Safety Tips for Decking the Halls

Holiday candle and tree decorationsHaul out the holly, string up the lights, and hang the stockings by the chimney (with care)!

The holiday season is finally here, which means it’s time to deck the halls with all kinds of festive decorations.

Our Trusted Choice® independent insurance agents want to ensure your holidays are as merry and bright as possible, so before you adorn your mantle with garland and dangle mistletoe over your door, please read these holiday decorating safety tips.

Christmas trees

Trimming the tree is the main decorating event in many households, but the tree can become a fire hazard if it’s dried out.

Remember to replenish the water in your tree stand on a daily basis, so that your tree remains healthy and hydrated for the duration of the holiday season.

Holiday foliage

Poinsettias, holly, Jerusalem cherries, and mistletoe are all toxic if ingested. If you have pets or small children in the house, avoid using these decorations or opt for the artificial versions.

Artificial snow

If you’re longing for a white Christmas, spraying windows with artificial snow can give your house a frosty glow – even if you live in a warm climate. However, spray-on snow can irritate your lungs, so make sure to follow the directions carefully and only use the spray in well-ventilated areas.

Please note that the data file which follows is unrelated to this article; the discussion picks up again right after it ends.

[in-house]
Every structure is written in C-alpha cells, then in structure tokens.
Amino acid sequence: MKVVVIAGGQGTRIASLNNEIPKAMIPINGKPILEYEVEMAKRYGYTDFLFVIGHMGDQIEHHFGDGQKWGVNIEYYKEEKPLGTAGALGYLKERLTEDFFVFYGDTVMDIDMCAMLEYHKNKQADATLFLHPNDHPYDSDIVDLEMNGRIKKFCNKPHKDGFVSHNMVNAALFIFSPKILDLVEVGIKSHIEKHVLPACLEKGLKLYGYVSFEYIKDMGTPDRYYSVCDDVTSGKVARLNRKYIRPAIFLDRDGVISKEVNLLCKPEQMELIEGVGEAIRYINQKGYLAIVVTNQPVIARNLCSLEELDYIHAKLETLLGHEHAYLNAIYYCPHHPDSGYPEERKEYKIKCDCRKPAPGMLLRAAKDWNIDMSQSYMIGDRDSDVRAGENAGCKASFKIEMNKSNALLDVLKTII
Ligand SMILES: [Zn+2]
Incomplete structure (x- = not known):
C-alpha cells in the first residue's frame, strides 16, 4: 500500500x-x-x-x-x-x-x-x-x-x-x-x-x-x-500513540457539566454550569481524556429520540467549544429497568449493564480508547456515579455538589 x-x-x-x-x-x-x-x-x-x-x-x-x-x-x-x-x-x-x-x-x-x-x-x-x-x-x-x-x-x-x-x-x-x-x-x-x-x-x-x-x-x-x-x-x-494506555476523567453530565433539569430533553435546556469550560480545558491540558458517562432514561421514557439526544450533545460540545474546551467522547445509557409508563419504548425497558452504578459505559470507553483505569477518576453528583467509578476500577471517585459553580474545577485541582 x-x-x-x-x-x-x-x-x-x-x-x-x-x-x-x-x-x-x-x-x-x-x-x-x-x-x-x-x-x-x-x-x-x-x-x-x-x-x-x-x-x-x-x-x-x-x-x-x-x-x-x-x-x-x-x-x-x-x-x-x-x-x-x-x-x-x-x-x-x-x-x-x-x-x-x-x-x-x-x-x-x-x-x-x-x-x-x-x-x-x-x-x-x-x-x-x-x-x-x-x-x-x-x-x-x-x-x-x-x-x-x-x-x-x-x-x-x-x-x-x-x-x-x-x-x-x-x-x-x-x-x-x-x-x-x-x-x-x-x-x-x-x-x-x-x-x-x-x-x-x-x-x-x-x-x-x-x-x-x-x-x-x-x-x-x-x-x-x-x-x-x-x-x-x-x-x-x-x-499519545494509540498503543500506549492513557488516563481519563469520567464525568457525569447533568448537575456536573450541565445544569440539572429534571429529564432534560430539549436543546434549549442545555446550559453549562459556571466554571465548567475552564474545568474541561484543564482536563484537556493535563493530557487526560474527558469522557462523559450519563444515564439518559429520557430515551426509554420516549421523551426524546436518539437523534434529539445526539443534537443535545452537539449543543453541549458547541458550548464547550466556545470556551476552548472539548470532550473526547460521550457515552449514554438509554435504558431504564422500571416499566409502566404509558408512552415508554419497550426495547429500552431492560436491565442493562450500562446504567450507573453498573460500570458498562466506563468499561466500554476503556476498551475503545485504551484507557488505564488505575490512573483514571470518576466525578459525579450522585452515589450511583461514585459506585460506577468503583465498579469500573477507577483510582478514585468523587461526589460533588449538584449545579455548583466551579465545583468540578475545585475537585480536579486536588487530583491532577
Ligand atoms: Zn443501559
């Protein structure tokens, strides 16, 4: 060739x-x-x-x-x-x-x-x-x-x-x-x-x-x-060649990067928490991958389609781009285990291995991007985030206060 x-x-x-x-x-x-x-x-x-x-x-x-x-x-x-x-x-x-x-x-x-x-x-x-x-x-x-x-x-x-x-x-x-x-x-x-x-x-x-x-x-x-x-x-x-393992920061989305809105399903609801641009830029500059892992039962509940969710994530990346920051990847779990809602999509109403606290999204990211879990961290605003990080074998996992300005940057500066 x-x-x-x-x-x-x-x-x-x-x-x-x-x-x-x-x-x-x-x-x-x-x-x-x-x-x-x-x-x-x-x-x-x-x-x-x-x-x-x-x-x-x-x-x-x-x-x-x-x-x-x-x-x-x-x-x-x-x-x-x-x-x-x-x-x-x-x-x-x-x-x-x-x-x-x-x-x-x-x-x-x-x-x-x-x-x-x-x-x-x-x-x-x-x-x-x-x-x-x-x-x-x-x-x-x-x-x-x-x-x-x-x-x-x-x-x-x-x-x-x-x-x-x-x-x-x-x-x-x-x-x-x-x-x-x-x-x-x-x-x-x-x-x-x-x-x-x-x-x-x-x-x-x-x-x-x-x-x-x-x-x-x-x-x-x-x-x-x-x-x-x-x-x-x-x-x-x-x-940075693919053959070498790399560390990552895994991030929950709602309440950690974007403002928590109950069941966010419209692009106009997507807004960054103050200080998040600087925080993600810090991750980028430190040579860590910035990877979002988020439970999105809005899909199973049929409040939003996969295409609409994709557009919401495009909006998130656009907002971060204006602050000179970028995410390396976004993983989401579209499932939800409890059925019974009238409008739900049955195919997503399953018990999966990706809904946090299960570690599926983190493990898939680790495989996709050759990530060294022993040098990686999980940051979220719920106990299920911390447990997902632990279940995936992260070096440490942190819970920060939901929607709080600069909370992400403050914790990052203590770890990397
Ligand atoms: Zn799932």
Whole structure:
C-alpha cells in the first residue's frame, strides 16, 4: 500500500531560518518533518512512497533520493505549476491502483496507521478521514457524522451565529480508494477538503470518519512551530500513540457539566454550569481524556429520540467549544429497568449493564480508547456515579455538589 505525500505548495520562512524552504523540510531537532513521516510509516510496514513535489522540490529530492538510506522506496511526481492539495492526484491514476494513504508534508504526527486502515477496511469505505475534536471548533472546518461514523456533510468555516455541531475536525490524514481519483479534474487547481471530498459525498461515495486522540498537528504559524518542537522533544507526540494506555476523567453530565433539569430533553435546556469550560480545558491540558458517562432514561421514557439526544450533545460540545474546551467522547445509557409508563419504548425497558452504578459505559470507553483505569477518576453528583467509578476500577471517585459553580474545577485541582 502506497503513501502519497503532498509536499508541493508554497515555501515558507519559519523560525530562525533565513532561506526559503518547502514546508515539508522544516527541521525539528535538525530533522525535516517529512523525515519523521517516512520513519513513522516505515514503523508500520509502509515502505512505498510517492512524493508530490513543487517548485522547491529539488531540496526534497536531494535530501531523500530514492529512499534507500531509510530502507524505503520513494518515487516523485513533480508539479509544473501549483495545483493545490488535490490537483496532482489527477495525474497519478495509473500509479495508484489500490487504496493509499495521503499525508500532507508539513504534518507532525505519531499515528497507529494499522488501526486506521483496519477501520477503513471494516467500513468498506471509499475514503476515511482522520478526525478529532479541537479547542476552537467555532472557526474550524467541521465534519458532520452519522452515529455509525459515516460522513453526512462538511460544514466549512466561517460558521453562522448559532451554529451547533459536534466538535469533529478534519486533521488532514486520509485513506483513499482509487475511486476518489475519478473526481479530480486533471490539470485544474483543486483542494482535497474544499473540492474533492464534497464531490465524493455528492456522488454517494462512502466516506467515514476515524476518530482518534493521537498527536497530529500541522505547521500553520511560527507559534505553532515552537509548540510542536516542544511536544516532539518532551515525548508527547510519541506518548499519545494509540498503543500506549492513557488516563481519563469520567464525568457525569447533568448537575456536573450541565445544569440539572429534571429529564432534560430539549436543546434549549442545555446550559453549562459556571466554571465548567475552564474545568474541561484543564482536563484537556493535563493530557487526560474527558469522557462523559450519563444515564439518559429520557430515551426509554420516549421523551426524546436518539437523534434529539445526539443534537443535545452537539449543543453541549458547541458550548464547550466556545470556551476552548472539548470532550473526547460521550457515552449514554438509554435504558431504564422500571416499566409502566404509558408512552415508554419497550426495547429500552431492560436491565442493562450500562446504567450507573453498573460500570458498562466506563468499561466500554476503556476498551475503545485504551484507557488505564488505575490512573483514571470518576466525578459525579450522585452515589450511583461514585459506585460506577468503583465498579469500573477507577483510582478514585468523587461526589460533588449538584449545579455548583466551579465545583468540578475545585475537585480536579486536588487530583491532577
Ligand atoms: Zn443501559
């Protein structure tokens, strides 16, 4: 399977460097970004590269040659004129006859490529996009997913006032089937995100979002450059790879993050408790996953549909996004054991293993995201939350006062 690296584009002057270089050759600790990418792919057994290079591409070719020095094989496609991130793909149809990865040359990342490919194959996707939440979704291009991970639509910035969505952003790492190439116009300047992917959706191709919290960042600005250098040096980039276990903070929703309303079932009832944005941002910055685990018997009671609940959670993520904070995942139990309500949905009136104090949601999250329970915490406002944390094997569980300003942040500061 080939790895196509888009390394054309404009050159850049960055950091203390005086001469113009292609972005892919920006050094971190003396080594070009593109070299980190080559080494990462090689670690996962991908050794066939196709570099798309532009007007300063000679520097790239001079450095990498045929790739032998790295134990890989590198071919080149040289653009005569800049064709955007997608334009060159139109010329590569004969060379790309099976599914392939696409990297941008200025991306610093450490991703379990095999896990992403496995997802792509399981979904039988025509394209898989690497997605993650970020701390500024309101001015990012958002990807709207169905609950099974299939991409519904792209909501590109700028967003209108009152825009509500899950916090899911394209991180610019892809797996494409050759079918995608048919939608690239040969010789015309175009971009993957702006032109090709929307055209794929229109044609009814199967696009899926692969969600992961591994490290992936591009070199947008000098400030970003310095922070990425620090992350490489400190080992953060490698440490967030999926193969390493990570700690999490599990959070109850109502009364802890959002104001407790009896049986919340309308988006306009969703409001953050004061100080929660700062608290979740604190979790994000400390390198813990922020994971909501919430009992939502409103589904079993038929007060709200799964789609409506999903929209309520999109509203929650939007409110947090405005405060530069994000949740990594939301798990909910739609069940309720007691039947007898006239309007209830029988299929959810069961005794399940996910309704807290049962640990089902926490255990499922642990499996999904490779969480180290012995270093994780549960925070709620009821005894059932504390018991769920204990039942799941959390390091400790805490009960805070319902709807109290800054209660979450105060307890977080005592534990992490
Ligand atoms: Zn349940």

Adorning the mantle with garlands, stockings, and other decorations is a holiday tradition in many households, but keep these trimmings clear of working fireplaces. You should also be careful when using fire salts, which produce colored flames, since they are highly toxic if ingested.


Before hanging lights indoors or outdoors, check the strings for cracked sockets, broken bulbs, or frayed/bare wires. Also, only use lights that are approved by a national testing lab, such as UL or ETL/ITSNA.

Do not use electric lights on metallic trees because faulty lights can cause branches to become charged and possibly electrocute someone.

If you’re using outdoor lights, make sure they are approved for that use and plugged into a ground-fault circuit interrupter device.


Flickering candlelight can give your home a cozy, warm glow, but candles cause more than 11,000 fires every year, according to the U.S. Consumer Product Safety Commission.

If you’re using candles to decorate for the holidays, keep a close eye on them when they’re lit, and don’t leave the room without extinguishing the flames. Never put a lit candle on a tree.

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